A controversial wolf bill that sailed through the Idaho Legislature has been signed by Gov. Brad Little.

The new law removes hunting and trapping bag limits for wolves, aligns wolf harvest rules with those for coyotes and other animals classified by the state as predators, and allows the Idaho Wolf Predation Control Board to hire private contractors.

It usurps the Idaho Fish and Game Commission’s authority to set wolf seasons, bag limits and methods of take and nearly triples the annual payment the Idaho Department of Fish and Game makes to the Wolf Predation Control Board.

The commission opposed the legislation and a group of about 30 former wildlife managers and biologists urged the governor to veto the bill. The legislation has been heavily criticized by conservation organizations who contend it could wipe out the state’s wolf population.

Legislators who pushed the bill backed by ranching interests said they hoped to see the state’s wolf population reduced from about 1,500 animals to as few as 150, a decline of 90 percent. Doing so would protect ranchers and the state’s deer and elk herds, they argued.

It’s unclear if the changes will lead to such a dramatic reduction. According to the Idaho Department of Fish and Game, it’s been rare for hunters and trappers to reach the seasonal limits that have been expanded on a fairly regular basis in recent years. During the 2019 season, which had a maximum bag limit of 20 wolves, only one person reached the limit, six people killed 10 or more wolves and 16 people killed six or more. As of last month, one person had taken 13 wolves, three people killed 10 or more wolves and 11 people killed six or more during the season that began in 2020, is still open and has a bag limit of 30.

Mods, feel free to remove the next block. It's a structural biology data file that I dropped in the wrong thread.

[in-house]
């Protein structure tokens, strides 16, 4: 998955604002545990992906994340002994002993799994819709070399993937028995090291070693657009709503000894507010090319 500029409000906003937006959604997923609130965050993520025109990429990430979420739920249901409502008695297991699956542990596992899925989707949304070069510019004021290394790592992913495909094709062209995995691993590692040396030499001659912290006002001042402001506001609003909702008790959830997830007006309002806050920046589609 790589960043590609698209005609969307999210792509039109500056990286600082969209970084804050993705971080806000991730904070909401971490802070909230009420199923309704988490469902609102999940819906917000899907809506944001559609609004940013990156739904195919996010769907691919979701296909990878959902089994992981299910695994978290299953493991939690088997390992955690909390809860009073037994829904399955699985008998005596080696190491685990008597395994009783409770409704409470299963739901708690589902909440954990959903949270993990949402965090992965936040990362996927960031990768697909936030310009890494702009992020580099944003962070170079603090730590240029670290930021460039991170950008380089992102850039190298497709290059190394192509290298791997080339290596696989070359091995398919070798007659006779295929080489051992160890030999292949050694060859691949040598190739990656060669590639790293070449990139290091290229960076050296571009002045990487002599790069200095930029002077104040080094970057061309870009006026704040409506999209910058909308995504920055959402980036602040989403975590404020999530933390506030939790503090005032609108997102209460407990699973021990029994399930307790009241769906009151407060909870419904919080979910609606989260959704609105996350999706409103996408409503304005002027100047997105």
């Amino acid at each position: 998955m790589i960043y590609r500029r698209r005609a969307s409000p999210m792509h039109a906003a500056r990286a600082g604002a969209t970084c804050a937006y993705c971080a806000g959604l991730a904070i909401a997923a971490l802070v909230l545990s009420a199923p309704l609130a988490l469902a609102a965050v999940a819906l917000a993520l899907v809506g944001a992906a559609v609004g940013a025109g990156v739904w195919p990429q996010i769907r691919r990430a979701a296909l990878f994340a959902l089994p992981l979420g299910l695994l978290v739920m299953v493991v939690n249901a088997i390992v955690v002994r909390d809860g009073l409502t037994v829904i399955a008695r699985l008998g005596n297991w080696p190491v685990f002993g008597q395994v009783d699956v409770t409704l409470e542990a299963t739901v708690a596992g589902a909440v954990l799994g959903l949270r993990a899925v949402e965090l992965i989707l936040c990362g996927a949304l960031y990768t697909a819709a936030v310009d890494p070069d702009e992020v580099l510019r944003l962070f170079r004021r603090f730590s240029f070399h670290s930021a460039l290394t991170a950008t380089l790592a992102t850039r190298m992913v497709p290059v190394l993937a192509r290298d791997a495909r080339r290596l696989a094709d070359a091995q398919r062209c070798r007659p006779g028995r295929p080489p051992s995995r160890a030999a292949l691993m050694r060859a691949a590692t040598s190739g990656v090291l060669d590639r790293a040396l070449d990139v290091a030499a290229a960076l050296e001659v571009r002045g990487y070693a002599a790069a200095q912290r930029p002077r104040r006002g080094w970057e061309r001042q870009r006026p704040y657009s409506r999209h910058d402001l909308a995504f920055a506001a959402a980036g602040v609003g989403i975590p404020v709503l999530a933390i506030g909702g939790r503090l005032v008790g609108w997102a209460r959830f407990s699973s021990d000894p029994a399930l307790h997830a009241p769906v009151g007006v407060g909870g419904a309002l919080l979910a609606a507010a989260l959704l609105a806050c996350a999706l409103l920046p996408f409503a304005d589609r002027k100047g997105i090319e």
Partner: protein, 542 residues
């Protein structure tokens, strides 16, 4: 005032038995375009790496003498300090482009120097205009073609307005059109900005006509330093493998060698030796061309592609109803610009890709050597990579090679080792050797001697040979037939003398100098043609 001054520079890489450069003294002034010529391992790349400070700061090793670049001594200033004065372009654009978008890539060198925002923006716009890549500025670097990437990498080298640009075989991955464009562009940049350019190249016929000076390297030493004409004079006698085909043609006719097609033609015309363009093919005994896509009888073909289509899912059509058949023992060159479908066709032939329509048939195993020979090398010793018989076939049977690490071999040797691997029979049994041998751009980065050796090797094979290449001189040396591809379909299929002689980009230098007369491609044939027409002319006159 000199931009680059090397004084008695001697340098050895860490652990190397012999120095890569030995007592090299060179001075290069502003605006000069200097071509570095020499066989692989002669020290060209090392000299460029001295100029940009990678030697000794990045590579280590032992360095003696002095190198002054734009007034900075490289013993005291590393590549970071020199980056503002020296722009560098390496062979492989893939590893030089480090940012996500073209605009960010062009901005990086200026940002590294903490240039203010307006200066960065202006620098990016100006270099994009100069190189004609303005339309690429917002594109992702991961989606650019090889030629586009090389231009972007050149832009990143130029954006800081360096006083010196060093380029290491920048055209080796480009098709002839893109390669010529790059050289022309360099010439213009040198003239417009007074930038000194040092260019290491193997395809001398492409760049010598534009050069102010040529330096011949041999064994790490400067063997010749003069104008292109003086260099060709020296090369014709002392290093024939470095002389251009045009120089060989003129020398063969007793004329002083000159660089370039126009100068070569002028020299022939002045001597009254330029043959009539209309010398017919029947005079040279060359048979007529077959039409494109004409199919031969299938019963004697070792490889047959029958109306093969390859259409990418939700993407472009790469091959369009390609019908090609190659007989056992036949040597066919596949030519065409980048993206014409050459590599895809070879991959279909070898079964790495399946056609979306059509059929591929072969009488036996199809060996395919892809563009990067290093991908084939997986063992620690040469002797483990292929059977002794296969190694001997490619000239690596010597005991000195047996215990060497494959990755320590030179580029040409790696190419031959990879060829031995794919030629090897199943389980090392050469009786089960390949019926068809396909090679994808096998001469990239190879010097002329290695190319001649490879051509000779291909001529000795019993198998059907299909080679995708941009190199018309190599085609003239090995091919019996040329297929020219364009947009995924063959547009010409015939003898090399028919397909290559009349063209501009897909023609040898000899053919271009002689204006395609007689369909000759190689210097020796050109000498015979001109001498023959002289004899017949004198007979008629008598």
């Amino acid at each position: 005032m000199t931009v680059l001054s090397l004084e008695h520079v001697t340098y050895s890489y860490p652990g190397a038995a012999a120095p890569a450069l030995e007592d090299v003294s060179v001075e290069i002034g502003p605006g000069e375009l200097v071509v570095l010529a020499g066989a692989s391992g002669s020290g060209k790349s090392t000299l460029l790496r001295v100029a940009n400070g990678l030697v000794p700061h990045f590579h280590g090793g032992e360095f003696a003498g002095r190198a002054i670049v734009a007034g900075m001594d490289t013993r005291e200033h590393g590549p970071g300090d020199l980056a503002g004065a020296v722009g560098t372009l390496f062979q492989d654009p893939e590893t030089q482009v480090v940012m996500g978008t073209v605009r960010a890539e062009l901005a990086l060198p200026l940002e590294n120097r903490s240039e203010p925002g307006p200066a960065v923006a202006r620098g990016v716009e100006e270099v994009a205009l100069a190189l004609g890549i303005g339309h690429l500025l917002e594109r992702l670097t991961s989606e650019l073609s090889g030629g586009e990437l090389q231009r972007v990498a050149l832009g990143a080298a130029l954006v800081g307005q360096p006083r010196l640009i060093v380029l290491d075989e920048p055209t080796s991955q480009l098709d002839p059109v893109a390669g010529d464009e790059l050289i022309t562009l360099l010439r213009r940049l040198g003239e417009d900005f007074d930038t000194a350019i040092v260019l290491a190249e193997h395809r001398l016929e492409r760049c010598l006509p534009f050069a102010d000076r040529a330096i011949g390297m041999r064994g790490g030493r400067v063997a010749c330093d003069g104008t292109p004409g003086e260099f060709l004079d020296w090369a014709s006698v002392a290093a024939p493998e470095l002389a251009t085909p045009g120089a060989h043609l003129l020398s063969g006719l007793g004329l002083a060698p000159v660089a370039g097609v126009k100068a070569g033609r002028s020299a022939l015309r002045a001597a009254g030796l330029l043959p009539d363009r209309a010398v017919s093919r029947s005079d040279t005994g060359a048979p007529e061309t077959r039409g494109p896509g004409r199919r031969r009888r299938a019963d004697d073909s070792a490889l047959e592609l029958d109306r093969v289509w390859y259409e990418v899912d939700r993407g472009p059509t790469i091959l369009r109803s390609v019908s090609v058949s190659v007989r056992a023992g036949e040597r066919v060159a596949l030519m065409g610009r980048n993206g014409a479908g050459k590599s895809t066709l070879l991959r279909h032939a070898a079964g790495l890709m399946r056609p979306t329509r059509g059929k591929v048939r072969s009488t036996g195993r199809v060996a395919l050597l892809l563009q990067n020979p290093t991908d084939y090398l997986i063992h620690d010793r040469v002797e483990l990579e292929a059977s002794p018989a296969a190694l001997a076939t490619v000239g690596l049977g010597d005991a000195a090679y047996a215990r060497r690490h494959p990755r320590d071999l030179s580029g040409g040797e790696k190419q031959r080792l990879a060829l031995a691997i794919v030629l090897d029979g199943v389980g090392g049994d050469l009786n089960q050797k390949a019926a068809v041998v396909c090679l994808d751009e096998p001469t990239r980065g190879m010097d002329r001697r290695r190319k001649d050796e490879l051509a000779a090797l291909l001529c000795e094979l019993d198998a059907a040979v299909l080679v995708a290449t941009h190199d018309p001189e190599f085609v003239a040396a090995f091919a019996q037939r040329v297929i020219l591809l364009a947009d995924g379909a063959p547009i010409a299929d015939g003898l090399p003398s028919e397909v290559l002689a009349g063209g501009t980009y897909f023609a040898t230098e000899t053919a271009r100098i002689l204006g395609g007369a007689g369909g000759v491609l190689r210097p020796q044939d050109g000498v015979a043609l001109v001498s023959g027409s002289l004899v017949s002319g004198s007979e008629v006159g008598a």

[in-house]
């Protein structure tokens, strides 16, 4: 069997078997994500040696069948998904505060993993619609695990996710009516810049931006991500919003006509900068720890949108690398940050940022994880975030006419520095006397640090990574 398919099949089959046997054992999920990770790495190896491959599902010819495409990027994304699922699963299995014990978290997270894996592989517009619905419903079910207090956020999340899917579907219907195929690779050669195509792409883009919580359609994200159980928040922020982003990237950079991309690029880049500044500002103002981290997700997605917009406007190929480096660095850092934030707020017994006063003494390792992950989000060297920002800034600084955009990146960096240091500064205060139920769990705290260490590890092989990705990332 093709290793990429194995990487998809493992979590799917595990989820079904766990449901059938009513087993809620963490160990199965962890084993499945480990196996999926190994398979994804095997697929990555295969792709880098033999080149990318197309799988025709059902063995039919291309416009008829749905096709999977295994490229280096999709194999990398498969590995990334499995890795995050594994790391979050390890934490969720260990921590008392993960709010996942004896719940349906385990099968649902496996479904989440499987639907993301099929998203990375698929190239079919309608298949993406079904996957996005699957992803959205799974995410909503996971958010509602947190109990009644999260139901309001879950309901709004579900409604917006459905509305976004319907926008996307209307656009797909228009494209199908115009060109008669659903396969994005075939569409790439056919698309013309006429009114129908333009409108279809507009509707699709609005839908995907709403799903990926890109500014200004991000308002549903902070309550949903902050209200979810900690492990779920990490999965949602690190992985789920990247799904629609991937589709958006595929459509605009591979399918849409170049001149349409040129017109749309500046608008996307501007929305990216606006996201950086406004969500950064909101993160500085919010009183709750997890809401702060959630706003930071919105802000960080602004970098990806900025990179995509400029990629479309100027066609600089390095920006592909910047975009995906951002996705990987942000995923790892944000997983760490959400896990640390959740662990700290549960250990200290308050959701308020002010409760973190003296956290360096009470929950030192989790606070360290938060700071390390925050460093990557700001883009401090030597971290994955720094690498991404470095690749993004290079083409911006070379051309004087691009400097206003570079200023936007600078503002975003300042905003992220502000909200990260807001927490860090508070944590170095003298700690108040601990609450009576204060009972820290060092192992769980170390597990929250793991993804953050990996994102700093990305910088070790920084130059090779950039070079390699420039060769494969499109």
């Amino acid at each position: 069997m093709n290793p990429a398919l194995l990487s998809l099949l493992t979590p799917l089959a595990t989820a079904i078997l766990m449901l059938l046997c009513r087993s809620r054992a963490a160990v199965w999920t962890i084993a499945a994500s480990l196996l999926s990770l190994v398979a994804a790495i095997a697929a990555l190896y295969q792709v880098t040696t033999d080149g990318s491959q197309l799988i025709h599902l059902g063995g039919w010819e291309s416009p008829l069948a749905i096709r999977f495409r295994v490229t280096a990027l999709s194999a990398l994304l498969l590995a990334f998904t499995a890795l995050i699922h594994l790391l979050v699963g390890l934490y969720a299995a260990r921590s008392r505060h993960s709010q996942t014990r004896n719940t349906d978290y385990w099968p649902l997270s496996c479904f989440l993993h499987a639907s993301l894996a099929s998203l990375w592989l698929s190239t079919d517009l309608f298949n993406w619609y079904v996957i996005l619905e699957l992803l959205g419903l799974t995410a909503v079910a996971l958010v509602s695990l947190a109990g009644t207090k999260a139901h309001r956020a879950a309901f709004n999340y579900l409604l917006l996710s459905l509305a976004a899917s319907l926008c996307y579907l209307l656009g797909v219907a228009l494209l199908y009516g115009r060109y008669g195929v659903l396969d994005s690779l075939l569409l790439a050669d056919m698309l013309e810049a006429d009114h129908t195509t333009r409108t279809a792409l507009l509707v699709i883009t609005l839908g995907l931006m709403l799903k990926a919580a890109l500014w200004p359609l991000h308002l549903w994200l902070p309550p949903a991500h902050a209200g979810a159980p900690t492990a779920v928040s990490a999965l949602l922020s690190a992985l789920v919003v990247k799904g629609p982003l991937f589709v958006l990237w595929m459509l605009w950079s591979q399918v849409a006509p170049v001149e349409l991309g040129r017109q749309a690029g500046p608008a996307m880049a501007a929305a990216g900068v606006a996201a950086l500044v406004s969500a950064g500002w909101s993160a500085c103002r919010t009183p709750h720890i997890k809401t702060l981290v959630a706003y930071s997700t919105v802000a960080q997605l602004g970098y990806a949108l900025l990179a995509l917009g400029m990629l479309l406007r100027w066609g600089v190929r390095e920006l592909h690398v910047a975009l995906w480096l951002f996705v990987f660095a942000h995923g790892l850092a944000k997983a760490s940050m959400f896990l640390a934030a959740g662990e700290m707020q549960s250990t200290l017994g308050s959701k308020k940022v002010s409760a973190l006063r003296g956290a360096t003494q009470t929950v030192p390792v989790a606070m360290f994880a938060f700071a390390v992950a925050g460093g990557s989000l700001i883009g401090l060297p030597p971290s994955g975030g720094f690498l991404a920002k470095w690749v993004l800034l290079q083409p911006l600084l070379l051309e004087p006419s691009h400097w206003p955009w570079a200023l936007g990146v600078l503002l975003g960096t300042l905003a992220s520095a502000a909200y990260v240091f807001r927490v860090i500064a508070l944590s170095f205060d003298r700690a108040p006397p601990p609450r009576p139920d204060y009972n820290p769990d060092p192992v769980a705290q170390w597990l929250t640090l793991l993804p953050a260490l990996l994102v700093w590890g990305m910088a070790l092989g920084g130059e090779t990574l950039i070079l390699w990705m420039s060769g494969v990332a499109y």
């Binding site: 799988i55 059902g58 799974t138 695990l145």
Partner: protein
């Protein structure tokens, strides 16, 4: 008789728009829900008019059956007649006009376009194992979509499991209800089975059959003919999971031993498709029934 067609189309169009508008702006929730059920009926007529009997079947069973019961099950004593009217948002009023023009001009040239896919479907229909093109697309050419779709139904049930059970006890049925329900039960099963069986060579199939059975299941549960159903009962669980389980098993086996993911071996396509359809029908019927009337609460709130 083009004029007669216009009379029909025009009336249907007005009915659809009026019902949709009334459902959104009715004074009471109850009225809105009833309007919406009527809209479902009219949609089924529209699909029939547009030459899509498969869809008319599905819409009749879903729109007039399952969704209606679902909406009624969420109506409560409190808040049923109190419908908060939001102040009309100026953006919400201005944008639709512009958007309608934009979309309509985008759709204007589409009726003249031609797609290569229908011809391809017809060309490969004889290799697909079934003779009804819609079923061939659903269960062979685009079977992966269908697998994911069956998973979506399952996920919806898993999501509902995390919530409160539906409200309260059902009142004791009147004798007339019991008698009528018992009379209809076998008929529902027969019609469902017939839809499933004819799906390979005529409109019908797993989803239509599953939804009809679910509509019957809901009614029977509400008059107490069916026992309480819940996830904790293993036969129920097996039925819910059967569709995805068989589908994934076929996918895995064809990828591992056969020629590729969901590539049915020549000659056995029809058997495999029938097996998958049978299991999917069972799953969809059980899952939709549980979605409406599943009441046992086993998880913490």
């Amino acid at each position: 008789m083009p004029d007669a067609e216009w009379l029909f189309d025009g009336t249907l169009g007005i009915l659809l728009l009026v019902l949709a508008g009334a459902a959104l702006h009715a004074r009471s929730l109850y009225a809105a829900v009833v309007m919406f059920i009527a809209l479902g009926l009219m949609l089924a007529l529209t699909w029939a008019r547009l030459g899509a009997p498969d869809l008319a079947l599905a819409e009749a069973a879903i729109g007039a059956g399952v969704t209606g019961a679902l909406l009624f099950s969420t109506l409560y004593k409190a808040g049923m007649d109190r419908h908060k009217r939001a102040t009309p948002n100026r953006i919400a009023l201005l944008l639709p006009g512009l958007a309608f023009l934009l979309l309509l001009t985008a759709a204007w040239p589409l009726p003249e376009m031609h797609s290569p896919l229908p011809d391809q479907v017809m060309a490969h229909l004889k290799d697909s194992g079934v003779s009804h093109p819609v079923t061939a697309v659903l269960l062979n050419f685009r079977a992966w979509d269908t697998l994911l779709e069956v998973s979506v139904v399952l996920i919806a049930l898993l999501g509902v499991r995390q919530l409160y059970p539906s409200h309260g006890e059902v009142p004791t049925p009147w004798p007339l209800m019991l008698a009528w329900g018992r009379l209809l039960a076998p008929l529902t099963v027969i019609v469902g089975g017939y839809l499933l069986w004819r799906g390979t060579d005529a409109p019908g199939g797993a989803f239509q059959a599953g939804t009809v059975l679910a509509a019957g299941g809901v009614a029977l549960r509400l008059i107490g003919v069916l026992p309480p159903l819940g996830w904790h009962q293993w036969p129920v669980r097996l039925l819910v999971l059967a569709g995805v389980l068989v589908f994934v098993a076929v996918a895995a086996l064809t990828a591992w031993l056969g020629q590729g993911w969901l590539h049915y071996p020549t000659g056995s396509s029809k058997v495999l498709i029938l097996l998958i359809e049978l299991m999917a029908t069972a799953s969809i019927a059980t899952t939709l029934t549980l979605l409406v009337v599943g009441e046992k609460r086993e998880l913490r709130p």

Hunters and trappers have killed about 500 wolves each of the past two years, but the state’s estimated wolf population, boosted by the annual addition of new pups, has remained steady at about 1,500.

One way the law could increase the number of wolves killed each year is its provision allowing the Wolf Depredation Control Board to hire private contractors. The board is already authorized to hire federal trappers from the Wildlife Services Agency. But doing so is expensive.

Since 2015, the board has spent more than $3 million to kill 425 wolves associated with attacks on livestock. That works out to an average of about $7,000 per wolf. The Idaho Department of Fish and Game has spent $557,835 to kill 81 wolves in the Lolo Zone near the Idaho-Montana state line north of the Lochsa River, for an average of $6,886.

Fish and Game already has authority to use private contractors to kill wolves in the unit where it hopes to give a boost to struggling elk herds. That work has involved the use of helicopters and sharpshooters.

But the agency also gives annual challenge grants to the Idaho Foundation for Wildlife Management. The group pays hunters and trappers between $500 and $1,000 for expenses they incur while targeting wolves in units chosen by the agency. Under the new law, it’s possible the same or similar organizations could be funded by the Wolf Depredation Control Board. Such contractors would need to get a permit from the Idaho Department of Fish and Game.

Idaho’s 2002 wolf management plan calls for a minimum population of 150 wolves. The plan was a precursor to the eventual removal of wolves from the protections of the Endangered Species Act. The federal government could consider returning protections to wolves if the state’s population dipped below 100.

The Fish and Game Department has been trying to reduce wolf numbers but doesn’t have a population target.

“Our goal has been to really manage conflict,” said Sharon Kiefer, chief of the agency’s communications bureau, last month. “Part of that has been to decrease the population.”

Barker may be contacted at ebarker@lmtribune.com or at (208) 848-2273. Follow him on Twitter @ezebarker.

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